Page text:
.cn is the country code top-level domain (ccTLD) for the People's Republic of China. Domain name administration in mainland China is managed through a branch of the Ministry of Industry and Information. The registry is maintained by China Internet Network Information Center (CNNIC). Entities connected to Hong Kong and Macau use .hk and .mo respectively.
|Introduced||November 28, 1990|
|TLD type||Country code top-level domain|
|Registry||China Internet Network Information Center|
|Sponsor||Chinese Academy of Sciences|
|Intended use||Entities connected with:|
|Actual use||Very popular in mainland China (the largest ccTLD)|
|Registered domains||20,868,593 (March 20, 2017)|
|Structure||Names may be registered directly at the second level or at the third level within generic second-level categories or Chinese province codes|
|Documents||China Internet Domain Name Regulations|
|Dispute policies||China ccTLD Dispute Resolution Policy and China ccTLD Dispute Resolution Policy Rules|
|Registry website||CNNIC (General)|
Any individual may register for second-level domain names. However, the registry has created a set of predefined second-level domains for certain types of organizations and geographic locations. Registrations for such third-level domains were available before second-level domains became available in 2003, and registrants of third-level domains were given priority for names at the second level.
Generic second-level domains
- ac.cn : Academic and research institutions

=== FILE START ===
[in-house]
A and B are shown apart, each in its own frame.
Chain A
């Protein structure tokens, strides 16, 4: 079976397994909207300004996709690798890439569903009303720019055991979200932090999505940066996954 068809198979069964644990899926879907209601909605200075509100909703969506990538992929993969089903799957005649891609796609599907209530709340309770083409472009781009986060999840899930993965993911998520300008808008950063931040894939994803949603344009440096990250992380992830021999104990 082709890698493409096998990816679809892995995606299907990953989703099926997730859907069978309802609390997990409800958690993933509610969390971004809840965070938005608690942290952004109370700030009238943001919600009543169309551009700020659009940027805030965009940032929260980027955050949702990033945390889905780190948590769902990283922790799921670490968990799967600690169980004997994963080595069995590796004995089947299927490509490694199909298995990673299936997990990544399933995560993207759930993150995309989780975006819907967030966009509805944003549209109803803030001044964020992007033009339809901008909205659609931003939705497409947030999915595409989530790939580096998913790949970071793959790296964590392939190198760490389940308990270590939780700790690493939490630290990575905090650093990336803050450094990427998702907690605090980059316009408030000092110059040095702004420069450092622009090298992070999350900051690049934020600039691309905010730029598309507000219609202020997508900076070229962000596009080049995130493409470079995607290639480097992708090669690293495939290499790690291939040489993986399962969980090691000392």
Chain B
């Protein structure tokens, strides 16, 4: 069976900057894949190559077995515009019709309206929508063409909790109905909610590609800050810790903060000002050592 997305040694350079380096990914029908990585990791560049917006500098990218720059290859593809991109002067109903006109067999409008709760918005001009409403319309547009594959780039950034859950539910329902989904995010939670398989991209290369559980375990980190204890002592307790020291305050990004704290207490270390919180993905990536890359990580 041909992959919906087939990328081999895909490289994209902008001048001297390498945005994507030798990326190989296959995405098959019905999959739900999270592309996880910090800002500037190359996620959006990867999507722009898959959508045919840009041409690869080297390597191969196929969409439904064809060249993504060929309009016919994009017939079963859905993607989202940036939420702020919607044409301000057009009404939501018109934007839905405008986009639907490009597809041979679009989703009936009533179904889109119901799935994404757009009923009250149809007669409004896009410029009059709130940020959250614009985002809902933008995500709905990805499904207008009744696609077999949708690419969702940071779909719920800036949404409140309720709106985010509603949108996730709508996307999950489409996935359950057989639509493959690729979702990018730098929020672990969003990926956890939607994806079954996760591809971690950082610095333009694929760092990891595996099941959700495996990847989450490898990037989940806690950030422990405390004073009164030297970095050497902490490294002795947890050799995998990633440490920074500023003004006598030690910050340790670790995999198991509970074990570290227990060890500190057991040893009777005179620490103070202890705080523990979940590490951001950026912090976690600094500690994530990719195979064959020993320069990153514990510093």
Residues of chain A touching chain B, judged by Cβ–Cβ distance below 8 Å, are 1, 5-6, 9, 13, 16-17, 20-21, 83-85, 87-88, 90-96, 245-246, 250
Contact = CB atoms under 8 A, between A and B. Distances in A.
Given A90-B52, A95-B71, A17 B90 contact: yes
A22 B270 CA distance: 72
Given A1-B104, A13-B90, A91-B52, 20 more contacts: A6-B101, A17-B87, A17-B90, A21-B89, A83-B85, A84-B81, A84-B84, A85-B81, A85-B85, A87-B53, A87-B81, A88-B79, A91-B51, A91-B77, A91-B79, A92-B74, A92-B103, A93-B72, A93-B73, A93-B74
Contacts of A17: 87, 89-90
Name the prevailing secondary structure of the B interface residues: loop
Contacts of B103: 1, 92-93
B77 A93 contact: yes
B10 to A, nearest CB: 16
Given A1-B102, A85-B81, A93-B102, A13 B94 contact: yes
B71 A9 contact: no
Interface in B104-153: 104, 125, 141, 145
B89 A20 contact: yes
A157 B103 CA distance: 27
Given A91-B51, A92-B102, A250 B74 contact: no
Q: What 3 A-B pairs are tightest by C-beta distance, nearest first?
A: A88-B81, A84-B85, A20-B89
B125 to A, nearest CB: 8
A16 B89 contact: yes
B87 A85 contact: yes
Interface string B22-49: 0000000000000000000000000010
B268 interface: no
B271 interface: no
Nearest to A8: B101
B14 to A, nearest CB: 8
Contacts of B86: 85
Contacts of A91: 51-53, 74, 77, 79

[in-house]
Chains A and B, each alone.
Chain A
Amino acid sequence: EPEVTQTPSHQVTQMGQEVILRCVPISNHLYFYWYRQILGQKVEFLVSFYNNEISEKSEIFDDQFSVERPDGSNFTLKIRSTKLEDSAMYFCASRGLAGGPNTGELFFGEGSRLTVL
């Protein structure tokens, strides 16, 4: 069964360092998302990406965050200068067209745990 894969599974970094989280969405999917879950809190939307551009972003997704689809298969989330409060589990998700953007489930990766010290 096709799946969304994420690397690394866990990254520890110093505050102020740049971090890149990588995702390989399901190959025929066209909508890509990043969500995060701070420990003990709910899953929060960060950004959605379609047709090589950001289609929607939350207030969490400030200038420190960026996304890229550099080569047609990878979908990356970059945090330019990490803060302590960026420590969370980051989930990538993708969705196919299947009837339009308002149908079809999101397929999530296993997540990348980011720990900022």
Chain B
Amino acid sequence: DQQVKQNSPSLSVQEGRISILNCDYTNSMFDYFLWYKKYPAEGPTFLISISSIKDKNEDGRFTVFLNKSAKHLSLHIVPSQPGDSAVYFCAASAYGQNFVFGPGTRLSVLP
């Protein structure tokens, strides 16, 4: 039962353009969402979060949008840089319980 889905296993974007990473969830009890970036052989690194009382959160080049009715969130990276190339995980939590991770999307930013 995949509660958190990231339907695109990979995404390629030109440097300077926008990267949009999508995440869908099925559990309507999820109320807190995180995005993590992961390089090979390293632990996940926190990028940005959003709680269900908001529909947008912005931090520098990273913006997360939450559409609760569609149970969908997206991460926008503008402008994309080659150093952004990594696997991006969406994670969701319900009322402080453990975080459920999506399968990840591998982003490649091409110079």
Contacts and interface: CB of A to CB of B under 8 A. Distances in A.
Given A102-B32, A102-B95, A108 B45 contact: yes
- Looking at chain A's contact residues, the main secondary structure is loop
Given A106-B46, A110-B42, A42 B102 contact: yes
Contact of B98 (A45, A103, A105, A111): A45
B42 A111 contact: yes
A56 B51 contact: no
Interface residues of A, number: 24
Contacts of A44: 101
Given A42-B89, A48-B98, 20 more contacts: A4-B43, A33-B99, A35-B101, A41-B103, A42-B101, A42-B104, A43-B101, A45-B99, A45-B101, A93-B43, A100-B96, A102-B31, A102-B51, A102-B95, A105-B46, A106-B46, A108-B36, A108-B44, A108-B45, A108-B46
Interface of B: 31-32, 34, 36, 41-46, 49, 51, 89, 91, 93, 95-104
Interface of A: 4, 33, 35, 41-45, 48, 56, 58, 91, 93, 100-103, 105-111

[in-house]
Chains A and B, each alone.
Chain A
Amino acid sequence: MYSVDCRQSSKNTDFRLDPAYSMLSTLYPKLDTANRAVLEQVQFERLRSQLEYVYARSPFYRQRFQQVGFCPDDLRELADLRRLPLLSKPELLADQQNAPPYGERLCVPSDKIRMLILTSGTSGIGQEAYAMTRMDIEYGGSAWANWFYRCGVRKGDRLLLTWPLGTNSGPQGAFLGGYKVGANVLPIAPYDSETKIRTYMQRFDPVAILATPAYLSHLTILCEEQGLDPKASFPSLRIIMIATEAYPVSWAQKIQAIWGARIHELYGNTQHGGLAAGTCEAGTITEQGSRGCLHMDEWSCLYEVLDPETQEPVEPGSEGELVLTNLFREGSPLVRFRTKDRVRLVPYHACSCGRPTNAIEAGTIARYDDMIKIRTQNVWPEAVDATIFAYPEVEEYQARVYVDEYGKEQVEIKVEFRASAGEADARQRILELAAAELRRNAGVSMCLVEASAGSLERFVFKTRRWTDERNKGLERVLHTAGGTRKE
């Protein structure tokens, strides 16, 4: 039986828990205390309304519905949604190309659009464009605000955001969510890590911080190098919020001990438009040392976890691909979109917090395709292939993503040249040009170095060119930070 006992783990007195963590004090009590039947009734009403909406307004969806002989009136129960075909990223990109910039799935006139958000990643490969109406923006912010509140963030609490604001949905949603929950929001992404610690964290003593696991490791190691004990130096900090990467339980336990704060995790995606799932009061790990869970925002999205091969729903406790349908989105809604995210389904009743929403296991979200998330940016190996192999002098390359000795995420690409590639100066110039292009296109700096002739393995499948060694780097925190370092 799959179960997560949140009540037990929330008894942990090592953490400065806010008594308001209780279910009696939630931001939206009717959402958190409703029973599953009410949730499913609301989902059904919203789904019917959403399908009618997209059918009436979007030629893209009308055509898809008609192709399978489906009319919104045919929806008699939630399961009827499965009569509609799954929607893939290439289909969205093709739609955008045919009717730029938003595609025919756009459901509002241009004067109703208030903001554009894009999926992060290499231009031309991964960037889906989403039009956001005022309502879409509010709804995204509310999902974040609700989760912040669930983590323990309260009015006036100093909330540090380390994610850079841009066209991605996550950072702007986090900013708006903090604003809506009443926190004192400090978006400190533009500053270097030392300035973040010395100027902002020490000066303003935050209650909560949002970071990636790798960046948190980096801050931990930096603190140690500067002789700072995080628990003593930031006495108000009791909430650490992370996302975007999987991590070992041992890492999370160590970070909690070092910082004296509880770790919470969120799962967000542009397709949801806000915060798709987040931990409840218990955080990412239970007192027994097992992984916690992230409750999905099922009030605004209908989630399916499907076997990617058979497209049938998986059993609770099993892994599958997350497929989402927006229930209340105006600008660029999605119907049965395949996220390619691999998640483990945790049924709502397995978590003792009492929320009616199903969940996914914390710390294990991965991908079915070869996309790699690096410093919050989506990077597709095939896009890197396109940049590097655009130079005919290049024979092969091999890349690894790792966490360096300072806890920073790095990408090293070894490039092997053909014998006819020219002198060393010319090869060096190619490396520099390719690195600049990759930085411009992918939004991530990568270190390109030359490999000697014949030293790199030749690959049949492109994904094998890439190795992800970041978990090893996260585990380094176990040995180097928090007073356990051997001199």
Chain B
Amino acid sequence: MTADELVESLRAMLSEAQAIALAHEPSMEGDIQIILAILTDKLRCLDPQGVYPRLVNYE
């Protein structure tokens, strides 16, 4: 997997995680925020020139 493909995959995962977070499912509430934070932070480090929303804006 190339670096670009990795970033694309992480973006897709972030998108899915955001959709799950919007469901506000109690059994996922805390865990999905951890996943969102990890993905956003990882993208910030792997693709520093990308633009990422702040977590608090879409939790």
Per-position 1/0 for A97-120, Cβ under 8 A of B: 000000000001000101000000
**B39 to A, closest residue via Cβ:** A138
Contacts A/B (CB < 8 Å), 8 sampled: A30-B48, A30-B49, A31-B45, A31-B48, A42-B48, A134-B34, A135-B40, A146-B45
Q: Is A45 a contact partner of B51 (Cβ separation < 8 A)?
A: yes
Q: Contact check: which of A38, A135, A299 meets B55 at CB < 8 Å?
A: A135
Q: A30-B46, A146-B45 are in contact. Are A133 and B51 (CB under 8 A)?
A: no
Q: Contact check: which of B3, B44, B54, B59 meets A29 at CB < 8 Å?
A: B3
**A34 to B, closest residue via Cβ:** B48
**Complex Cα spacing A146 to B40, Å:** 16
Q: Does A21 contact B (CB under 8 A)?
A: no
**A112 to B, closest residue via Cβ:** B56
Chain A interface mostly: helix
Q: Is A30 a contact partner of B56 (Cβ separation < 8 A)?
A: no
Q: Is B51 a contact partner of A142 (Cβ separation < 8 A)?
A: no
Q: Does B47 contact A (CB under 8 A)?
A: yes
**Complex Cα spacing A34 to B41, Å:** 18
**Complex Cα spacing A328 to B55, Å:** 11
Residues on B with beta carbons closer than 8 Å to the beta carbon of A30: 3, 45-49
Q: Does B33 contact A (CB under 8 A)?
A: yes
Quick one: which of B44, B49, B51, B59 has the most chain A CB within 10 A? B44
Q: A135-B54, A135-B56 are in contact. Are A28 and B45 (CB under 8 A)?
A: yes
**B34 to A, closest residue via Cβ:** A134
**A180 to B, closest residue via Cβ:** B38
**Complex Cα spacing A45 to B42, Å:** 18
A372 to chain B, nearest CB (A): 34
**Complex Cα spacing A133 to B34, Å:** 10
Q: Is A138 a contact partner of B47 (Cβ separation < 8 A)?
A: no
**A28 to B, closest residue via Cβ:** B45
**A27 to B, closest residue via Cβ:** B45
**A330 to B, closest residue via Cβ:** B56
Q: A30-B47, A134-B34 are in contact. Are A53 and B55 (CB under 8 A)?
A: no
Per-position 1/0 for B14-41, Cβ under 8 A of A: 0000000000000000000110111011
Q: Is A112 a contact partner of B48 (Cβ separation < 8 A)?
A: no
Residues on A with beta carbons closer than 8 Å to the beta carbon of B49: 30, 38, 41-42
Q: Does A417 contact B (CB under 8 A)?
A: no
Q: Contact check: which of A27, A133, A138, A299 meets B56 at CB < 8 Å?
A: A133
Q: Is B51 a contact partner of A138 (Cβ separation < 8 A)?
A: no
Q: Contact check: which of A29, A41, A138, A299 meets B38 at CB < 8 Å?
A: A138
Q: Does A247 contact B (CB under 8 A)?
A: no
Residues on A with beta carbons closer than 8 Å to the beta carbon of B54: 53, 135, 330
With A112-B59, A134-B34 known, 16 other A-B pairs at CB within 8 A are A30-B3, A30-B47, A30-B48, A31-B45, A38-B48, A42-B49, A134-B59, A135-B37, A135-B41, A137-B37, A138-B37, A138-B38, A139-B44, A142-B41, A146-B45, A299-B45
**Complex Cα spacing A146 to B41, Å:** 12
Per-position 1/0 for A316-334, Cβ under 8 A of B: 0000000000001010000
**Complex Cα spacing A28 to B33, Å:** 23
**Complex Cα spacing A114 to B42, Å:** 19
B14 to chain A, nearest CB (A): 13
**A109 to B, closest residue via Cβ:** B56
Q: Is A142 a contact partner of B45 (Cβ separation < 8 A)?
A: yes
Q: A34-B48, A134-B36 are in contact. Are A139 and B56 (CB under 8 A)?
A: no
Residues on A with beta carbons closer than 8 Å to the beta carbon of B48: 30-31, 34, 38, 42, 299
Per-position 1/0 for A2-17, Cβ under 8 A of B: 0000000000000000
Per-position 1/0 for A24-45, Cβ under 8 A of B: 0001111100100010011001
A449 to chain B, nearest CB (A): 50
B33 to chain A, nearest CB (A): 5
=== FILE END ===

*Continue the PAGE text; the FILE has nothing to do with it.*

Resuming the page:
- com.cn : Industrial, commercial, financial enterprises and individuals
- edu.cn : Educational institutions (usually universities and colleges)
- gov.cn : Government departments (both central and local governments)
- mil.cn : Military organizations
- net.cn : Networks, NICs and NOCs
- org.cn : Non-profit organizations
Second-level domains of provinces
- ah.cn : Anhui Province
- bj.cn : Beijing Municipality
- cq.cn : Chongqing Municipality
- fj.cn : Fujian Province
- gd.cn : Guangdong Province
- gs.cn : Gansu Province
- gz.cn : Guizhou Province
- gx.cn : Guangxi Province
- ha.cn : Henan Province
- hb.cn : Hubei Province
- he.cn : Hebei Province
- hi.cn : Hainan Province
- hl.cn : Heilongjiang Province
- hk.cn : Hong Kong Special Administrative Region
- hn.cn : Hunan Province
- jl.cn : Jilin Province
- js.cn : Jiangsu Province
- jx.cn : Jiangxi Province
- ln.cn : Liaoning Province
- mo.cn : Macau Special Administrative Region
- nm.cn : Nei Mongol Autonomous Region
- nx.cn : Ningxia Hui Autonomous Region
- qh.cn : Qinghai Province
- sc.cn : Sichuan Province
- sd.cn : Shandong Province
- sh.cn : Shanghai Municipality
- sn.cn : Shaanxi Province
- sx.cn : Shanxi Province
- tj.cn : Tianjin Municipality
- tw.cn : Taiwan Province
- xj.cn : Xinjiang Uygur Autonomous Region
- xz.cn : Xizang Autonomous Region
- yn.cn : Yunnan Province
- zj.cn : Zhejiang Province
Internationalized domain names with Chinese characters
On 25 June 2010, ICANN approved the use of the internationalized country code top-level domains .中国 (China in simplified Chinese characters, DNS name xn--fiqs8s) and .中國 (China in traditional Chinese characters, DNS name xn--fiqz9s) by CNNIC. These two TLDs were added to the DNS in July 2010.
CNNIC proposed around this time Chinese domain names in .公司 (".com" in Chinese) and .网络 (".net" in Chinese). However, these have not been recognized by ICANN yet and are only available via domestic domain name registrars.
Around 15 other generic domain names with Chinese characters have later been registered. See List of Internet top-level domains#Chinese characters.
- Chinanews.com. "Chinanews.com Archived 2013-01-01 at archive.today." 中國接入互聯網. Retrieved on 2009-07-30.
- DENIC (July 2017). "Comparison of international Domain Numbers Top 10 largest TLDs list". Archived from the original on 2017-07-07. Retrieved 2017-07-25.
- "中国省级行政区划一览表". News.xinhuanet.com. 2002-10-01. Retrieved 2012-01-15.
- "Adopted Board Resolutions | Brussels | 25 June 2010". ICANN. Retrieved 2012-01-15.